Doug is Technical Fellow and Manager of Navigation Systems at DigitalGlobe. He started at DigitalGlobe when it was a fledgling startup 20 years ago and has been responsible for designing and building the company’s automated satellite navigation system to support DigitalGlobe’s high resolution and high accuracy imagery business. DigitalGlobe’s satellite constellation spans LEO from 496 km to 770 km altitude. Doug has led DigitalGlobe’s partnership with USSTRATCOM to improve conjunction assessment reliability and robustness for all satellite operators. Doug began his career in the mid 1980s as a Navigation Engineer on the Magellan Venus Orbiter Navigation Team at JPL and still draws inspiration from his time working with the Apollo-era old-timers. He earned a BS in Aeronautical and Astronautical Engineering from Purdue University and a PhD in Aerospace Engineering Sciences from the University of Colorado Boulder.

 

Alvin Alexander
President and CEO
Orion Applied Science and Technology

Alvin Alexander, is a combat veteran with over 23 years of service in the United States Army. In 2013, he founded Orion Applied Science & Technology, LLC for the purpose of becoming the industry leader of on-orbit, risk mitigation services, with an emphasis on orbital asset protection and recovery. With a strong background in systems engineering, he has supported a number of acquisition programs where he advised senior program managers and key leaders as to best practices for system development. Alvin maintains a broad experience base of advance sensor phenomenology’s, and applications. Also, he is a Master of Science Candidate at Johns Hopkins University, Whiting School of Engineering, and possesses a Bachelors of Arts in Aviation, from The Ohio State University.

RIch Leshner
Director of Government Affairs
Planet Labs

Rich Leshner is the Director of Government Affairs for Planet Labs. He has been working in the DC space policy community for 15 years, with experience in the non-profit, government, and industry sectors. During his time at NASA, Rich worked on international projects for collaboration in exploration, managing a $150 million portfolio of innovative small business research, and in the Administrator's office. Rich worked for two years at the White House Office of Science and Technology Policy, where he supported the development of the 2010 National Space Policy. Rich earned a master of science in aeronautics and astronautics from Stanford University, and a Ph.D in public policy and public administration from The George Washington University.

 

Tim Maclay
Director, Mission Systems Engineering
OneWeb

Tim is the Director of Mission Systems Engineering at OneWeb, a company preparing to launch the world’s largest satellite constellation to provide affordable, global internet access. Previously he was the VP of Systems Engineering at Orbcomm, where he spent nearly 20 years in the development and operation of the company’s low-Earth-orbit constellation of M2M data communication satellites. He was responsible for the constellation architecture and network performance, and served as the flight dynamics lead for the deployment of 60 satellites over nine launch campaigns. Tim also founded a successful consulting company, has served on technical committees for the National Research Council and NASA’s Engineering Safety Center, and currently serves on the board of the Hypervelocity Impact Society. He began his career with Kaman Sciences, working in the area of space safety research, after earning an MSc and PhD in Aerospace Engineering from the University of Colorado. He also holds a BSc in Physics and Math from Bucknell University, and has over 20 publications related to astrodynamics and orbital debris to his name.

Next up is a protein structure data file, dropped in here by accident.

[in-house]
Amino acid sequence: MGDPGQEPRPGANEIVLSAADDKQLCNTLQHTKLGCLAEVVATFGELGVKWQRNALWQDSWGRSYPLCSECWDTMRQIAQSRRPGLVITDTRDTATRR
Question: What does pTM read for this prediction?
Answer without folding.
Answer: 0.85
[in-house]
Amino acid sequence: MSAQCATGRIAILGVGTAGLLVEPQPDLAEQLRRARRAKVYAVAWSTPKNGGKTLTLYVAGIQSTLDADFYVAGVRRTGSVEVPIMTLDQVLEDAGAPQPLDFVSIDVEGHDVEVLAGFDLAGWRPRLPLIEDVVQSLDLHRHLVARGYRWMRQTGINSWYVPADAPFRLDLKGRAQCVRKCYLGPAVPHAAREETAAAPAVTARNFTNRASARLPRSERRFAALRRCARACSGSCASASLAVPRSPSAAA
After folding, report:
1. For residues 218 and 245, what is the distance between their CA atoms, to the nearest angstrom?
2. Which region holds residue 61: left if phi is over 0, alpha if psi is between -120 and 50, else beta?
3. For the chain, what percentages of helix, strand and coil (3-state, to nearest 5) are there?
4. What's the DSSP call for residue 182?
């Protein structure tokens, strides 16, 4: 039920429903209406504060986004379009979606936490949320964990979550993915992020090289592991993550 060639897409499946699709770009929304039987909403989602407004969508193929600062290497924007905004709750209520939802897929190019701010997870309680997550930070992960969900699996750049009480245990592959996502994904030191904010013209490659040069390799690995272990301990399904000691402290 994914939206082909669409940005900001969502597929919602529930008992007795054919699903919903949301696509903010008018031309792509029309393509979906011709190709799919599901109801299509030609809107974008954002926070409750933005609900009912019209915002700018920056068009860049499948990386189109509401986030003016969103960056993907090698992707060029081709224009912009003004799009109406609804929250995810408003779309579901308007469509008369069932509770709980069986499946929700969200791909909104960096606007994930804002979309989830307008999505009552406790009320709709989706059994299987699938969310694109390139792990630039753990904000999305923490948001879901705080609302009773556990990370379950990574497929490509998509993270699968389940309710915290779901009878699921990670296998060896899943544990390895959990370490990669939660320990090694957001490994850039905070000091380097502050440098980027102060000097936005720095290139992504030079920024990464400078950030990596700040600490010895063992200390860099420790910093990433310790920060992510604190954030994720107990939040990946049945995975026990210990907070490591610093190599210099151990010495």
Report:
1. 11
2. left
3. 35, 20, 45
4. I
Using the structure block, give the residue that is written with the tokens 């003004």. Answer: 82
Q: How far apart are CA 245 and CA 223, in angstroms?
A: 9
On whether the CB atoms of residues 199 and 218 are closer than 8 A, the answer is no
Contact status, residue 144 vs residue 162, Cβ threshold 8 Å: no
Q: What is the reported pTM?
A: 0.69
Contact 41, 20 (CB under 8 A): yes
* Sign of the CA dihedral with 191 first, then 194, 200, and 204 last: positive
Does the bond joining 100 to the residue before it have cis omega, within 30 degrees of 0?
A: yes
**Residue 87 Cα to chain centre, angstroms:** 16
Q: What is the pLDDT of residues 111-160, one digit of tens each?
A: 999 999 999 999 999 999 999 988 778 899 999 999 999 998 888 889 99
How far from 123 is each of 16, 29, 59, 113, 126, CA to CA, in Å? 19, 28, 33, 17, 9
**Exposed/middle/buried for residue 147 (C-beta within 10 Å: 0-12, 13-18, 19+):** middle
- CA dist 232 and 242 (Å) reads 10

Session 5b: Mitigation Technologies

Moderator: Scott Hull, Orbital Debris Services Group Leader, NASA GSFC

Scott Hull is the Orbital Debris Services Group Leader at NASA Goddard Space Flight Center. He has worked exclusively since 2002 on orbital debris assessment and limitation issues involving hardware design as well as operations. Prior experience includes two years supporting nearly two dozen operational Space Science missions, five years as a Parts Engineer, and seven years of failure analysis on a wide variety of applications. He received his B.S. in Materials Engineering from Drexel University in 1987. In addition to a number of papers, he recently authored the new End of Mission Considerations chapter for the "Space Mission Engineering: The New SMAD" textbook.

Panelists

Jeffrey Slostad
Chief Operating Officer
Tethers Unlimited, Inc.

Jeffrey joined TUI in 2001, and since then has led planning, design and testing on a number of projects, including several DoD and NASA contracts as well as contracted development efforts in support of aerospace big primes. From early 2000 to February 2001 he was Chief Engineer leading the surface operations team at BlastOff! Inc, a “stealth mode” commercial entertainment venture developing a lunar rover mission with multiple rovers. From 1993 to 2000 he worked at the Jet Propulsion Laboratory, where he was responsible for the design, development, testing and operations of the robotic arm on the Mars Polar Lander. As Chief Engineer for the Mars Volatiles and Climate Surveyor science payload, he also led the assembly, test and launch operations for the remainder of the science instruments on the lander. Jeffrey holds MSc and BSc degrees in Aeronautics and Astronautics from the University of Washington.

 

Joseph A. Carroll
President
Tether Applications, Inc.